As the wind whips around the corners of the buildings in the heart of downtown a light snow falls in a peaceful ballet of icy flakes. If there was any noise it would be drowned out by the sirens of passing ambulances and cop cars. As I turn the corner I see collage of patriotic lights and the yellow crime tape that makes the heart sink. A crowd of locals stand around and chat amongst each other while shaking their heads in disbelief. Another death, pointless. Most likely leading to the same fate as the others, unsolved, tossed aside.
The small puddle of blood is beginning to freeze to the pavement and the reality sets in. It’s 2:04 p.m. a man is killed in broad daylight and there is no panic, no fear, just remorse. As I make my way through the crowd I can vaguely hear the policeman say there is no suspect and no witnesses, the body is still laying on the frozen pavement, a white sheet covering to his ankles. The crowd begins to disperse as there is nothing more to see. The officer makes the ironic jab, “It’s the second one this hour, rare for a Sunday.”
The police continue their investigation, but it’s engraved in their faces, this is just another day.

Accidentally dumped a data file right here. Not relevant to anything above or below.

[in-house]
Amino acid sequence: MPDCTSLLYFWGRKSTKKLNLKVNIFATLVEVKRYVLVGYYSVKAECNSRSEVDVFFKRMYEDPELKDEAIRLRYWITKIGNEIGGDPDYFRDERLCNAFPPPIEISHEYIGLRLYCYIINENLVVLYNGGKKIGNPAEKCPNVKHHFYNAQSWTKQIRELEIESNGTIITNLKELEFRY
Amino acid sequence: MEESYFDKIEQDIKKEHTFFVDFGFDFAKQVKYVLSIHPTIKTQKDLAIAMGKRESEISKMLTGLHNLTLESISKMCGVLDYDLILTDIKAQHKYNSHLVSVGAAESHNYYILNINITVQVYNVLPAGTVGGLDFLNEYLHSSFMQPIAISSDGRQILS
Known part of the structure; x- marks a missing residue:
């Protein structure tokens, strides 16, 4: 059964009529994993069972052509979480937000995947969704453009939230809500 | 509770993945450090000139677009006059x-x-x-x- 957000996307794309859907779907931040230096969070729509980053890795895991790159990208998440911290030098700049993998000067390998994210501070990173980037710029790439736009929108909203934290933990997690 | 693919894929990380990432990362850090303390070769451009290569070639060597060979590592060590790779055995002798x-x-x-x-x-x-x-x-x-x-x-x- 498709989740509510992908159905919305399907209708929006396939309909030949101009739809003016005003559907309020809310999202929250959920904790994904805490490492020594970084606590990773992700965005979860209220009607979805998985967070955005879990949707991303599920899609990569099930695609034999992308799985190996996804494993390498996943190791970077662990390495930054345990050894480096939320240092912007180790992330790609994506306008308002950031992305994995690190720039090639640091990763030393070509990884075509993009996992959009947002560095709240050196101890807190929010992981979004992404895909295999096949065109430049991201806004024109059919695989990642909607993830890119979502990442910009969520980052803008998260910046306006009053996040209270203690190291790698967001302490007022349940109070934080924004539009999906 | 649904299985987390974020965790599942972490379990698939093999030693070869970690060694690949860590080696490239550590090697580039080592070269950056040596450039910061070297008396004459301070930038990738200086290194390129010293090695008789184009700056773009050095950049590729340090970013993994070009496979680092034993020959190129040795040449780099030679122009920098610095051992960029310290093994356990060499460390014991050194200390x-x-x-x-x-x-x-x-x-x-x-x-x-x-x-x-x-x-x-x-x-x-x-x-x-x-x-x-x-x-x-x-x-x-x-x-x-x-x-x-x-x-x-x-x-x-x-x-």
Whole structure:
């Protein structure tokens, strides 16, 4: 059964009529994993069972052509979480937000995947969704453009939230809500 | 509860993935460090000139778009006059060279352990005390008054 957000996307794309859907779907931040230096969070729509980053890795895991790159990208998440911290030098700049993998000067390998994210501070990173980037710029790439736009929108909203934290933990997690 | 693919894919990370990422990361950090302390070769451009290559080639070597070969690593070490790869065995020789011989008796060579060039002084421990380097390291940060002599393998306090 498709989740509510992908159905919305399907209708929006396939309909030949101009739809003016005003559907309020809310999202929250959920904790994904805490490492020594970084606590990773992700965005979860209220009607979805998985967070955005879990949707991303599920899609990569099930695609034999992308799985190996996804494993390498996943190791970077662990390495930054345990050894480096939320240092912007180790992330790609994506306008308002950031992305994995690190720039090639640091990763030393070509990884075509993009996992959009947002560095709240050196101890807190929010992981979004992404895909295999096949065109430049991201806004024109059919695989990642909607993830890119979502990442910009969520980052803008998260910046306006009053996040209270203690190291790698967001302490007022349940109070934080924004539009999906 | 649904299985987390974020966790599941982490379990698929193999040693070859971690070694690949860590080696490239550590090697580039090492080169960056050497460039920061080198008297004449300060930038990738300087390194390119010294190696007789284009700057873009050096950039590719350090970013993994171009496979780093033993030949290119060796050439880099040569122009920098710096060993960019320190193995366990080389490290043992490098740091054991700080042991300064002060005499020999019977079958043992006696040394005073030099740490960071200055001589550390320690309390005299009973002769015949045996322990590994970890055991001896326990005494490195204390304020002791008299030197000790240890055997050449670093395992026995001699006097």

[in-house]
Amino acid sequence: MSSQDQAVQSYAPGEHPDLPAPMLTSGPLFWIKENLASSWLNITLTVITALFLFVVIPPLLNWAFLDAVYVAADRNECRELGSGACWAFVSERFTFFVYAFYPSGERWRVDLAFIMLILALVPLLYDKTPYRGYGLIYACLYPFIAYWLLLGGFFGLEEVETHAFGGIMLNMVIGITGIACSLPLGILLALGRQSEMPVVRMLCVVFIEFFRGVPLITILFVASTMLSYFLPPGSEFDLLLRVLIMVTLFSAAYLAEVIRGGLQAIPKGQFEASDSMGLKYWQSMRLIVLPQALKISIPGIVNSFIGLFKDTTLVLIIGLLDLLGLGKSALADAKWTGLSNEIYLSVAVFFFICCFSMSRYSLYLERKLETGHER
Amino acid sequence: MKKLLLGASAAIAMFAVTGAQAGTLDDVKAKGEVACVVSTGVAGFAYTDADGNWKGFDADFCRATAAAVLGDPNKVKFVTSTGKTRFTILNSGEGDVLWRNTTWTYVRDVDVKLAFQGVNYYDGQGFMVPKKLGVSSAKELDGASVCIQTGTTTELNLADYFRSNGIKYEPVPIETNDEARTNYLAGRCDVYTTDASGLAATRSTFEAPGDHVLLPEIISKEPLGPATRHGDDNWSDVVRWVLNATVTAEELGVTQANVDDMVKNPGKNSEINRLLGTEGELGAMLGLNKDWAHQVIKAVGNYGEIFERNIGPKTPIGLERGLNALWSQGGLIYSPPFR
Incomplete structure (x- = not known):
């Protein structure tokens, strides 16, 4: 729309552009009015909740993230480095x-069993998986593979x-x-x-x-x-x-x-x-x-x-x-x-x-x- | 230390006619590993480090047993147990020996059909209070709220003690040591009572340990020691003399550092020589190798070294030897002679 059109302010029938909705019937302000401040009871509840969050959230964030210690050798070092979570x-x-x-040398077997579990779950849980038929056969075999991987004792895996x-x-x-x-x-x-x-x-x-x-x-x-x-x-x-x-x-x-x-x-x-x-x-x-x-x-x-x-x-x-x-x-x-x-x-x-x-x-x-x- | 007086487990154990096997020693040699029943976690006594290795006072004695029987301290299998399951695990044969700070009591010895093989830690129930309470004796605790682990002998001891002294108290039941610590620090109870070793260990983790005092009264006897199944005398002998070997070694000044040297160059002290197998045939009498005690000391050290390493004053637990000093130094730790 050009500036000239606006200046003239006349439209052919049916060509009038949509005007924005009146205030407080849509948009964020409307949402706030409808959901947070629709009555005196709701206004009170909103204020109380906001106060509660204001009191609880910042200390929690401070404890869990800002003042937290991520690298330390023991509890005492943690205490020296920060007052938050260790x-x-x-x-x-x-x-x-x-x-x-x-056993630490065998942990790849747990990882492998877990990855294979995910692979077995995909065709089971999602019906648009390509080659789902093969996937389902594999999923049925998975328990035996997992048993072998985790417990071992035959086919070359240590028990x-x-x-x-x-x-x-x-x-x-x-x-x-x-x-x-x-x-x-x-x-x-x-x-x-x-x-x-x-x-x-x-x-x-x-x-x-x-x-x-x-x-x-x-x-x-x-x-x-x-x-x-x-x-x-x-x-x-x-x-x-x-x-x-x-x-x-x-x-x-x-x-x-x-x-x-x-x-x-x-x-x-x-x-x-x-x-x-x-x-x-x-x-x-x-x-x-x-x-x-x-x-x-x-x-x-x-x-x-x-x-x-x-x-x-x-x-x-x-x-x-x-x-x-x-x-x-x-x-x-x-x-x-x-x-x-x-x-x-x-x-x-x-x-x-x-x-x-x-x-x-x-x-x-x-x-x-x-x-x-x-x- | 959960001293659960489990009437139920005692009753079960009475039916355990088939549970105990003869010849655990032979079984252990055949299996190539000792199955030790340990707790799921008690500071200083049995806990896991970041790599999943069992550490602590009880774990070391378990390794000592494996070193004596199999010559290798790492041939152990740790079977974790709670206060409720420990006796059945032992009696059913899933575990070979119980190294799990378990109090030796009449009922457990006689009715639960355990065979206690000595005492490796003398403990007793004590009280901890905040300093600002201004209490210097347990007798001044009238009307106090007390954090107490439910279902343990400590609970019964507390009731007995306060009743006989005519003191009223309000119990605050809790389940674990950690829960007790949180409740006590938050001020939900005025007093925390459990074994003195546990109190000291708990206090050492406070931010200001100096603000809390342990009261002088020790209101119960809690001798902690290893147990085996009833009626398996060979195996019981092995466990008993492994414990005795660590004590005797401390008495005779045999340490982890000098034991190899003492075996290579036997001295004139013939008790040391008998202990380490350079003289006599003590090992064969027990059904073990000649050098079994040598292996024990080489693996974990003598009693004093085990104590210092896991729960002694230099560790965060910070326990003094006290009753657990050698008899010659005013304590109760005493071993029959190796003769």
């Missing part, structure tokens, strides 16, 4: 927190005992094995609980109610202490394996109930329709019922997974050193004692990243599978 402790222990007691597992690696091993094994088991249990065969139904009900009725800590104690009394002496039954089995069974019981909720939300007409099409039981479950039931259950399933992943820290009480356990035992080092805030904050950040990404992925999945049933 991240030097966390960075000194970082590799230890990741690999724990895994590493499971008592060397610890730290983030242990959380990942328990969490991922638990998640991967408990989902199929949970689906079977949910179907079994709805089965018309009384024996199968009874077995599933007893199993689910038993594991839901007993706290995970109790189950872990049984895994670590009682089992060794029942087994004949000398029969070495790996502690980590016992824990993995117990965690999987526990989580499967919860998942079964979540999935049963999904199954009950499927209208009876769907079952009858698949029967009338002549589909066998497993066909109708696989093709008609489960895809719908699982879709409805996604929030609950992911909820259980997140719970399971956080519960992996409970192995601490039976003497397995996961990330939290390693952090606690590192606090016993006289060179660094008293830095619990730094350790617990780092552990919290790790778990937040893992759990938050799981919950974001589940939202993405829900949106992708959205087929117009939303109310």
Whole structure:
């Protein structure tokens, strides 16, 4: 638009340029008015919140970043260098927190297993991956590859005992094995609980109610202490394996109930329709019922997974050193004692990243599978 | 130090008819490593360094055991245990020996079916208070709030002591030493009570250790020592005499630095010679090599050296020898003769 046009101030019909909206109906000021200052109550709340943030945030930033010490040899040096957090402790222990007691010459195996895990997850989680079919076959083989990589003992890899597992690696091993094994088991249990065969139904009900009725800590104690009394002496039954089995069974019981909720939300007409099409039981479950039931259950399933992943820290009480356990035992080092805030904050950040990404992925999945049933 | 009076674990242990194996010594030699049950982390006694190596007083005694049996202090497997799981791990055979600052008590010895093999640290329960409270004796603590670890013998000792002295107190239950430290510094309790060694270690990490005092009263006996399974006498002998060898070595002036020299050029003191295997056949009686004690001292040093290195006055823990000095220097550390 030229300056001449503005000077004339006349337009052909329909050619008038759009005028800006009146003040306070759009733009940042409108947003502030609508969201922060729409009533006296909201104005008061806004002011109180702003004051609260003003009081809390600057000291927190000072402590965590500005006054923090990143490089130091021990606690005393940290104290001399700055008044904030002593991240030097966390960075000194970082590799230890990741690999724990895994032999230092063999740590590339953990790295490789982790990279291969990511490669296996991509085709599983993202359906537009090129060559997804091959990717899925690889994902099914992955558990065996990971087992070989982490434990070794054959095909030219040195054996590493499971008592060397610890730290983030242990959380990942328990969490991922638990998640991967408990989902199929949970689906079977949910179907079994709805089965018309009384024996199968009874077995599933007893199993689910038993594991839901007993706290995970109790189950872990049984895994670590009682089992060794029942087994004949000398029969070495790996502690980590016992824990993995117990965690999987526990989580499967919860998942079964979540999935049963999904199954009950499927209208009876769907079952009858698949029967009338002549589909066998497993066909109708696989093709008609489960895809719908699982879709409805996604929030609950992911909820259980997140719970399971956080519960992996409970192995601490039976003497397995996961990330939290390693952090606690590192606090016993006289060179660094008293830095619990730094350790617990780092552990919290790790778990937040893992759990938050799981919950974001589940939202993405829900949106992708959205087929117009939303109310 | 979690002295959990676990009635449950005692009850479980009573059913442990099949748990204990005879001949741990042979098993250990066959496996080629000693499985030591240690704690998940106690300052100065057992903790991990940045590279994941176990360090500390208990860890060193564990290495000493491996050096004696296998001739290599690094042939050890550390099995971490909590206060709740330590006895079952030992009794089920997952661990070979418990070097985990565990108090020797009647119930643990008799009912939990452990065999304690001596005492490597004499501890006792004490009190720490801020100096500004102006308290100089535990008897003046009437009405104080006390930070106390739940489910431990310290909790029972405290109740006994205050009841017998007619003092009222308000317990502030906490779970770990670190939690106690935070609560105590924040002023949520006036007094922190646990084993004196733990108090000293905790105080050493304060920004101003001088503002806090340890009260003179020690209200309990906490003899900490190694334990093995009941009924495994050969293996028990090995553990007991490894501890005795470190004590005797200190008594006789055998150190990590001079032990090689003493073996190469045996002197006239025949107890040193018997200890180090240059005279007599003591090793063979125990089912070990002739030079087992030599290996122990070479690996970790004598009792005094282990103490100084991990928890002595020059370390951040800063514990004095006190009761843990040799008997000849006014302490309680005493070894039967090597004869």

On the local news that evening, they report the crime, show the footage of the scene, but there is no conclusion, no end. The victim is described as an African American, late 20’s. He isn’t identified yet and there most likely will not be an update on the story unless linked to a bigger crime. He simply disappears an all that is left two weeks later is a particle board cross that is erected in his honor, for the loss of life. His 20-some years, summed up into 45 seconds on the nightly news.

DowntownThere is a common phrase; all good things must come to an end. As a senior in college, I’m not sure I would consider my approaching graduation an end of a good thing, however, it is an end to an experience I will never forget. I have only 8 more classes to complete until I go out into the world to put my knowledge I have learned over the past 16 years into effect. To me it is closing a part of my life as a student, and as a Cincinnati resident. I came to this city for an education and I will leave as soon as that is complete.

While sitting around thinking up a term that would best sum up my feeling about my narrowing time left I was continuously drawn to the common bartender term “Last Call.” While bars typically are not the best place for inspiration to set in, the term perfectly encompassed the fact that this is my last chance to document and investigate the city I have called home for the past three years before this part of my life comes to a close.

There is a lot that needs to be tackled in such a short time, however my goal is to take the bad with the good, focusing on the positive and negative aspects of the city. Before I made the move down from Toledo I can vividly remember my nerves building up after all the less than pleasant things I had heard about Cincinnati. Riots, gangs, shootings, the list goes on. Coming from a suburban neighborhood I was, for lack of a better term, sheltered to this type of lifestyle. However, when I got settled, I realized that maybe there is more to the Queen City than meets to eye, and ear. There is a lot of good that helps neutralize the bad.